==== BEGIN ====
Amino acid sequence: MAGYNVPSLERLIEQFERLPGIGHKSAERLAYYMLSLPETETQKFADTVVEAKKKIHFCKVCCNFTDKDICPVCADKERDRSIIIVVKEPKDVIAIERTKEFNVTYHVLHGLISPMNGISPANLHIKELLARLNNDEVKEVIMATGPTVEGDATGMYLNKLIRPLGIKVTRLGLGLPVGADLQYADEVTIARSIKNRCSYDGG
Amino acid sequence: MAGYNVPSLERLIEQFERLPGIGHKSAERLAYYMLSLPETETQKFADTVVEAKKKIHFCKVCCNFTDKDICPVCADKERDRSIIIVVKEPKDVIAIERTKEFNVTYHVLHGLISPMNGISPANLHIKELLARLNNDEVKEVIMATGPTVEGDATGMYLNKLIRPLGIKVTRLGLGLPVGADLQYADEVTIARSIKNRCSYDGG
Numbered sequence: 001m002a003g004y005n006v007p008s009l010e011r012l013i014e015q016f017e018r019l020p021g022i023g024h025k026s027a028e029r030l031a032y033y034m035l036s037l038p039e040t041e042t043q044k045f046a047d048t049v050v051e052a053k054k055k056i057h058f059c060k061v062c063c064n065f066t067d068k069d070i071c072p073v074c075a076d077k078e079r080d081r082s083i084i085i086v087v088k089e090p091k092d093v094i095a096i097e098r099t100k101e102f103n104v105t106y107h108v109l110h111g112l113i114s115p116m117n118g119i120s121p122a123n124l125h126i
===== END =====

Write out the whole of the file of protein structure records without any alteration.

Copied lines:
Amino acid sequence: MAGYNVPSLERLIEQFERLPGIGHKSAERLAYYMLSLPETETQKFADTVVEAKKKIHFCKVCCNFTDKDICPVCADKERDRSIIIVVKEPKDVIAIERTKEFNVTYHVLHGLISPMNGISPANLHIKELLARLNNDEVKEVIMATGPTVEGDATGMYLNKLIRPLGIKVTRLGLGLPVGADLQYADEVTIARSIKNRCSYDGG
Amino acid sequence: MAGYNVPSLERLIEQFERLPGIGHKSAERLAYYMLSLPETETQKFADTVVEAKKKIHFCKVCCNFTDKDICPVCADKERDRSIIIVVKEPKDVIAIERTKEFNVTYHVLHGLISPMNGISPANLHIKELLARLNNDEVKEVIMATGPTVEGDATGMYLNKLIRPLGIKVTRLGLGLPVGADLQYADEVTIARSIKNRCSYDGG
Numbered sequence: 001m002a003g004y005n006v007p008s009l010e011r012l013i014e015q016f017e018r019l020p021g022i023g024h025k026s027a028e029r030l031a032y033y034m035l036s037l038p039e040t041e042t043q044k045f046a047d048t049v050v051e052a053k054k055k056i057h058f059c060k061v062c063c064n065f066t067d068k069d070i071c072p073v074c075a076d077k078e079r080d081r082s083i084i085i086v087v088k089e090p091k092d093v094i095a096i097e098r099t100k101e102f103n104v105t106y107h108v109l110h111g112l113i114s115p116m117n118g119i120s121p122a123n124l125h126i